Different usages of Microsoft Flow

The verb defines the App

The literal meaning of to flow is to continue to be produced and it’s true for Microsoft Flow : I create a self-acting process in the cloud and then it is running.

Indeed when I create a Flow:

  • my Flow is in Azure
  • my Flow is pending
  • my Flow starts when something happens
  • after running it is pending again

I can create Flows for a lot of usages:

  • simple Flows automating usual tasks
  • more complex Flows for actions sequences, including conditioned actions

Let’s see how these Flow’s concepts can be transformed in real use cases.

Triggers : conditions to start

blog ai3 Flow_Usages_02 Different usages of Microsoft Flow

The trigger is the first thing I must define when I’m designing a Flow.

I choose one in available triggers, in those examples we can see that a trigger:

  • Can be the weather or the time (schedule)
  • Can come from Office 365
  • Can come from a cloud service like DocuSign, Facebook, JIRA, …
  • Can be an button in the Flow mobile App

Behind triggers there are connectors, it’s illustrated below.

Personal productivity usage

blog ai3 Flow_Usages_03 Different usages of Microsoft FlowI can create a Flow :

  • To add in my Outlook calendar the events of my Gmail calendar
  • To create a OneNote sheet 15′ before each meeting in my calendar
  • To quickly block my calendar for one hour from now, having a Flow button for this in my mobile


These individual usages are similar to the possibilities of IFTTT, where Flow is more « my day at work ».




Collective productivity usage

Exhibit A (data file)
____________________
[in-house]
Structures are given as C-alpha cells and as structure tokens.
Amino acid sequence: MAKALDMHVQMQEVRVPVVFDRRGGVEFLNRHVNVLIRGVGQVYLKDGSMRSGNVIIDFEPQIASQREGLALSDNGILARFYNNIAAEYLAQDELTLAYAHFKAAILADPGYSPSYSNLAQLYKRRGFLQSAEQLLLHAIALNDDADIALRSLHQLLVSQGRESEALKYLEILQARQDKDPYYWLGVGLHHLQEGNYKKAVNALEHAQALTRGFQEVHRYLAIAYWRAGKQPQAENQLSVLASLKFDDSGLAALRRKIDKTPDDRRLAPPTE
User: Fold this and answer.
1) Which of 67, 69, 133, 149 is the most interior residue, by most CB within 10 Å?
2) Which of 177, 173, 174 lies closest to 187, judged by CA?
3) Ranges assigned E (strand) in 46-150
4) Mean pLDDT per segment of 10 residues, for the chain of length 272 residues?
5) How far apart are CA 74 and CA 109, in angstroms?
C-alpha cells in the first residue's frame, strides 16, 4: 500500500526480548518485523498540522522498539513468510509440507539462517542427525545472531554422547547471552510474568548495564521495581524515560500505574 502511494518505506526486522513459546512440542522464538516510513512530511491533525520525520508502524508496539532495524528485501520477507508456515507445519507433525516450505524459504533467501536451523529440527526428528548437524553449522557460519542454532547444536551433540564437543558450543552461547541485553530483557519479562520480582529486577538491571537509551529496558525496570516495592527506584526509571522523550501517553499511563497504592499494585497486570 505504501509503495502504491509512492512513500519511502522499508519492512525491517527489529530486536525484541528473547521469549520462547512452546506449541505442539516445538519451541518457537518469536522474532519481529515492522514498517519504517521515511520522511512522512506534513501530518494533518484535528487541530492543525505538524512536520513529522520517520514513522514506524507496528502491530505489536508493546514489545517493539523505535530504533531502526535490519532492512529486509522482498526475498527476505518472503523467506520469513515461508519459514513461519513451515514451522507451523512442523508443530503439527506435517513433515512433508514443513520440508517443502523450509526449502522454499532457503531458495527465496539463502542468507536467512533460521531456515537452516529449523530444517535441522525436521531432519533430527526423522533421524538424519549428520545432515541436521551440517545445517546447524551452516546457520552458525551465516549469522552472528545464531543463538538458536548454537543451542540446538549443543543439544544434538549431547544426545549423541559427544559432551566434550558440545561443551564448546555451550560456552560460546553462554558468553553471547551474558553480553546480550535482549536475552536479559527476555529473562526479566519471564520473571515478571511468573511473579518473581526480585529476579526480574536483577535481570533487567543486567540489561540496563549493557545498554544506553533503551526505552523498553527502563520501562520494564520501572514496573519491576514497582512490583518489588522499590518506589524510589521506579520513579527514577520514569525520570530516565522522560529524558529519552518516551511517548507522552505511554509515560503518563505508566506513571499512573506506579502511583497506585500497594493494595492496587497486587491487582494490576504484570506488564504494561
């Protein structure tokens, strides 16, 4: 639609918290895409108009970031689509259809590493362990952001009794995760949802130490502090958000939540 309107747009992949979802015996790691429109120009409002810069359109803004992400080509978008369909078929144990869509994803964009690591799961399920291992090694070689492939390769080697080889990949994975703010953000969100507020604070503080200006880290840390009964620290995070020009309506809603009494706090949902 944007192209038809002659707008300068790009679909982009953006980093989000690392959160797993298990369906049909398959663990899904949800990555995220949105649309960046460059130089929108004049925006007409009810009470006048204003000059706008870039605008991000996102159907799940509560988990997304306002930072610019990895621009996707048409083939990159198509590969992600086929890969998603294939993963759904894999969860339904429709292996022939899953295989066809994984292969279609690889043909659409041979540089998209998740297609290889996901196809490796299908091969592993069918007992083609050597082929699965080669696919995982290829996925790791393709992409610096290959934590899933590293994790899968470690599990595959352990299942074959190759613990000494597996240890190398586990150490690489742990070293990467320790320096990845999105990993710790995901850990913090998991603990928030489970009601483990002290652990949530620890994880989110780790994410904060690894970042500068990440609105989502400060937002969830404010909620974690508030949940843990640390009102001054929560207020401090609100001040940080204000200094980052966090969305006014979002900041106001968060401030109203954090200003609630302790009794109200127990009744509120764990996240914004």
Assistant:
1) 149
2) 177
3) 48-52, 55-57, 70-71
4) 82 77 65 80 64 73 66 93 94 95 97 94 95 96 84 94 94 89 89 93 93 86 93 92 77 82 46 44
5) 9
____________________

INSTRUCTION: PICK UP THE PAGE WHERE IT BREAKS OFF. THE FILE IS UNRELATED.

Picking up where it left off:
blog ai3 Flow_Usages_04 Different usages of Microsoft FlowFlow brings possibilities for quick digitalisation:

« What if we change our validation process? »
« Can we use a digital signing service? »
« Is there a connector(s) like this in Flow? Yes! »
« So we can try it now with a Flow between SharePoint and a signing service! »

But this could seem to be theoretical.
Have a look at a nice demo made by Serge Luca (MVP), showing in details how flows looks like in an contract’s lifecycle with Adobe Sign : https://youtu.be/k5kCVv5HqOQ

Moreover, Flow’s connectors are using REST.
This post (in french) explain how to create yourself the connector for K2 with the json API’s file https://www.enk2besoin.com/2018/05/15/integration-avec-ms-flow/


Validation workflow usage

In Flow’s working area I can create and manage my Flows. I also can see « Approvals » in the menu:

  • « Approvals » is my sign-off space
  • « Approvals > Received » ⇒ Flows are running and waiting for my decisions
  • « Approvals > Sent » & « Approvals > History » ⇒ manage my past approvals

Those « Approvals » features are linked to the « Start an approval » action that I put in a Flow when I want to design a validation workflow. Typically useful for documents needing to be submitted to a manager for approbation.

By design these kinds of Flows can be started from a SharePoint library or list:

  • I select a document (or a item in a list)
  • I create an instance of a validation Flow for this selected document
  • A Sign-off status column will be automatically created the first time

blog ai3 Flow_Usages_05 Different usages of Microsoft Flow

blog ai3 Flow_Usages_06 Different usages of Microsoft Flow

Flow usages vs Flow licences

In conclusion, thanks to its multiple available usages, Flow can be a part of your digital transformation strategy.

So you can invest more or less in Flow’s licenses, depending of your goals:

  • For individual or small teams uses, Flow is included in Office 365 and Dynamics 365
  • Flow Plan 1 and Flow Plan 2 could be more appropriate for uses in large teams or across your company
  • Premium triggers are available in Flow Plan 1 and Flow Plan 2
  • Only Flow Plan 2 give governance functionalities
  • Remember that number of runs per month is limited in all licenses

Limits and prices per licence : https://emea.flow.microsoft.com/en-us/pricing/?currency=EUR